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11 April 2016updated 09 Sep 2021 1:12pm

How much do you need to save in a pension?

People could benefit from better guidance on the amounts they need to put away, says Chris Curry, director of the Pensions Policy Institute

By Chris Curry

In recent years the world of pensions has been characterised by change. A new state pension has replaced the old system for people reaching state pension age since 6 April 2016. Automatic enrolment into workplace pensions began to be introduced in October 2012, and will cover all employers at the new minimum contribution level by 2019. Since April 2015, people have had much great flexibility in how they use their pension saving to fund their retirement, with many more expected to keep the money as capital rather than convert it all into an income. Even more recently, in the last Budget, the Chancellor announced the creation of new tax-advantaged savings vehicle – the Lifetime Isa – designed to increase saving for retirement.

But despite – or maybe because of – all of these changes to the pensions system, it is still very difficult to answer one very obvious question: “How much should I be saving for my retirement?”

The answer to this seemingly easy question will depend on a wide range of different things – most obviously, how much money do you want in retirement? But how much to save in a pension will also depend on what other assets you might have, or expect to have in future, and what you plan to use them for. This will include things such as your house as well as other savings that you might have. And finally, when do you want to start relying on your pension saving? When are you going to stop work, and are you going to stop completely, or perhaps work part-time?

For many people, avoiding a drop in living standards when they stop work seems like a reasonable target when thinking about how much money they might need in retirement. This doesn’t mean fully replacing your salary, as some things are likely to be different. The mortgage might be paid off; you may no longer have to get to work every day. And some of what you need will be provided through the state pension – although the new level of £155.65 is unlikely to go very far for most people. But saving enough so that you could, if you wanted, have a total income of somewhere between one half (for high earners) and three-quarters (for lower earners) of the amount that you earned in work could avoid a significant fall in the quality of life when you retire.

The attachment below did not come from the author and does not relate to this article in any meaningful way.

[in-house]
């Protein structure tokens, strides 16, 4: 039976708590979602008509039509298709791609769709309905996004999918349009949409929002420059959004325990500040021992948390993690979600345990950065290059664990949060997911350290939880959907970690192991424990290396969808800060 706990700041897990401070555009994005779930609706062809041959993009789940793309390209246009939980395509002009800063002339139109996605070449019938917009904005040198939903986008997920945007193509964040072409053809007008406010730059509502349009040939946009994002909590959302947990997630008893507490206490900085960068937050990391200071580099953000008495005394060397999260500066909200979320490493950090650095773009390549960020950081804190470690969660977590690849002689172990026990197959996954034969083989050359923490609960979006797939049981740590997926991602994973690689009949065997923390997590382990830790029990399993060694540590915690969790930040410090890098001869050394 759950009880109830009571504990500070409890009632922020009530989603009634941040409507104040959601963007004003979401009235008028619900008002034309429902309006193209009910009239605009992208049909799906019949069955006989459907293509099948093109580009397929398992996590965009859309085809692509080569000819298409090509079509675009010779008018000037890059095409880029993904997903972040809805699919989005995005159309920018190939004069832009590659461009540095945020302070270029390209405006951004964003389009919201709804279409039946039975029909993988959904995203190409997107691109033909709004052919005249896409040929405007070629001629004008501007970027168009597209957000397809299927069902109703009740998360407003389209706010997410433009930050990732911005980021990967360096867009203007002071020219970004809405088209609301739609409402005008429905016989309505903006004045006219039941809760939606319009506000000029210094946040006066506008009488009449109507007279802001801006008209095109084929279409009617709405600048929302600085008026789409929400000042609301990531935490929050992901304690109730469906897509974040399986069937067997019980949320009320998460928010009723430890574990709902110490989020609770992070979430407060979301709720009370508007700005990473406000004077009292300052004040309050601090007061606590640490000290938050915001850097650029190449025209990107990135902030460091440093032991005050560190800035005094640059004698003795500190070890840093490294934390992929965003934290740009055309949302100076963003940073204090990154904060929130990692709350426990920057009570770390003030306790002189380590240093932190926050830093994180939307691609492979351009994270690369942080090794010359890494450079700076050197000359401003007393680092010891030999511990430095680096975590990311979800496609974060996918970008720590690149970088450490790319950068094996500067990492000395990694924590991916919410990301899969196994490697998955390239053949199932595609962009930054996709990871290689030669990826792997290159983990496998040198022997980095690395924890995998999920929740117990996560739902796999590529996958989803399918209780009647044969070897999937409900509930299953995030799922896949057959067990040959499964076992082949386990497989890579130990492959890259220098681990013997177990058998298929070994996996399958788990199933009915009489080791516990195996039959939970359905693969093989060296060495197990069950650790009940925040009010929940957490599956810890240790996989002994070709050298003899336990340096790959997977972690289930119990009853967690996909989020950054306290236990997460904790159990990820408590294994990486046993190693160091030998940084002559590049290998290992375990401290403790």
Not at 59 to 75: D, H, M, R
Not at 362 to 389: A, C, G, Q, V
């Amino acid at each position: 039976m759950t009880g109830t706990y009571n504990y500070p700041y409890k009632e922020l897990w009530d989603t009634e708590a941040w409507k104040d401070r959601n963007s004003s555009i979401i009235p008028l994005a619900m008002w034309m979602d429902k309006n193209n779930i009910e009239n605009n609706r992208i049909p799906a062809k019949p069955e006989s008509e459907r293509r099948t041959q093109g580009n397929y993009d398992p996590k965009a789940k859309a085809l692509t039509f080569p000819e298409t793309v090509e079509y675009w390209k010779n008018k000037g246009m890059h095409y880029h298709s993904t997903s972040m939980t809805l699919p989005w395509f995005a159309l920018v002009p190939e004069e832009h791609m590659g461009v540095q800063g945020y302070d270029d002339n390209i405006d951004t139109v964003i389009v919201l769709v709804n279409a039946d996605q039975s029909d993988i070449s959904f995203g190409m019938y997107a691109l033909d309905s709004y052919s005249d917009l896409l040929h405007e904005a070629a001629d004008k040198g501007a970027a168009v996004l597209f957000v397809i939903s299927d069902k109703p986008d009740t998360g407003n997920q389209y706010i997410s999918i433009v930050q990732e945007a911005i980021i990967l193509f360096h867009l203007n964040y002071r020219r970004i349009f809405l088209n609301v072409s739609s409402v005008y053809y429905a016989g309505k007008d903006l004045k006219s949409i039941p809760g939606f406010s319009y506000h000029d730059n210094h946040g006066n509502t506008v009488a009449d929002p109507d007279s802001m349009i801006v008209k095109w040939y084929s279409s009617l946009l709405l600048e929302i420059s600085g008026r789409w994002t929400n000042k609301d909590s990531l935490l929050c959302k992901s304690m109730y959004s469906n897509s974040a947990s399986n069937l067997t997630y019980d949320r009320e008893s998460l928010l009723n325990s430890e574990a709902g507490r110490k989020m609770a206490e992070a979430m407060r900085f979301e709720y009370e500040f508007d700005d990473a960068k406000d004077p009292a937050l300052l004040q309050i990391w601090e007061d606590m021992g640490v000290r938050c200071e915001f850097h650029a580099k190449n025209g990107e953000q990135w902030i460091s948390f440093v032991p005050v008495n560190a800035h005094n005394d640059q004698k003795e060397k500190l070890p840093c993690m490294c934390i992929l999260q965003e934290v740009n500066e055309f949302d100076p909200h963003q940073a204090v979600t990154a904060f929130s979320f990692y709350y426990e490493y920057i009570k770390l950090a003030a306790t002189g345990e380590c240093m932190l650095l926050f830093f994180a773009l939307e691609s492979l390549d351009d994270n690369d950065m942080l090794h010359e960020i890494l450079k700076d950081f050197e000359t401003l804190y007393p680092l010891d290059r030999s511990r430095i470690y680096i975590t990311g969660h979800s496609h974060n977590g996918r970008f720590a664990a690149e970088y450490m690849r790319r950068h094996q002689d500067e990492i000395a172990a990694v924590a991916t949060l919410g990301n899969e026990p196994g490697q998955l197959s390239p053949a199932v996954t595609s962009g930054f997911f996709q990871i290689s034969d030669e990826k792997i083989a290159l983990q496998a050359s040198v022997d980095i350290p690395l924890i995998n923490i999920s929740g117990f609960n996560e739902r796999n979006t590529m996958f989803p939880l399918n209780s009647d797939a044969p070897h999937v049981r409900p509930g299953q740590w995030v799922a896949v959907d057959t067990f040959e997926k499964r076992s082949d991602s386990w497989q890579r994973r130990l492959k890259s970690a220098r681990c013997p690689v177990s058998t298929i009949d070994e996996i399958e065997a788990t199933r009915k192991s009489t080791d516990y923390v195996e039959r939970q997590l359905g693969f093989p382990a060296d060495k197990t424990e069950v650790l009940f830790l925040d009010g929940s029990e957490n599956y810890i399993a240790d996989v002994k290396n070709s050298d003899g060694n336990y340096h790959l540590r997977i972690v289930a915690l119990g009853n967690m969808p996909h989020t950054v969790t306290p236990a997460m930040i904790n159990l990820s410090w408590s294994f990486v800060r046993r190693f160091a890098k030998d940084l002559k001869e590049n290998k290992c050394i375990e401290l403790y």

Then, when thinking about how much to save in a pension, the amount that you save when you are automatically
enrolled into your workplace pension scheme – increasing to 8 per cent of “band earnings” by 2019 – might also seem like a good starting point. But are these two things – saving at automatic enrolment levels and maintaining living standards in retirement – consistent?

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The answer is, unfortunately, probably not. Someone starting working and saving now, aged 22, working and earning the median earnings for their age and saving at the automatic enrolment minimum for every year until they reach the current projected state pension age of 68, has roughly a 50/50 chance of reaching the target. For a higher earner, the chances are lower, at four in ten. In order to have a three-in-four chance of maintaining living standards in retirement – not guaranteed by any stretch of the imagination – a median earner would need to increase their contribution level to 13 per cent of band earnings, and a higher earner to 14 per cent.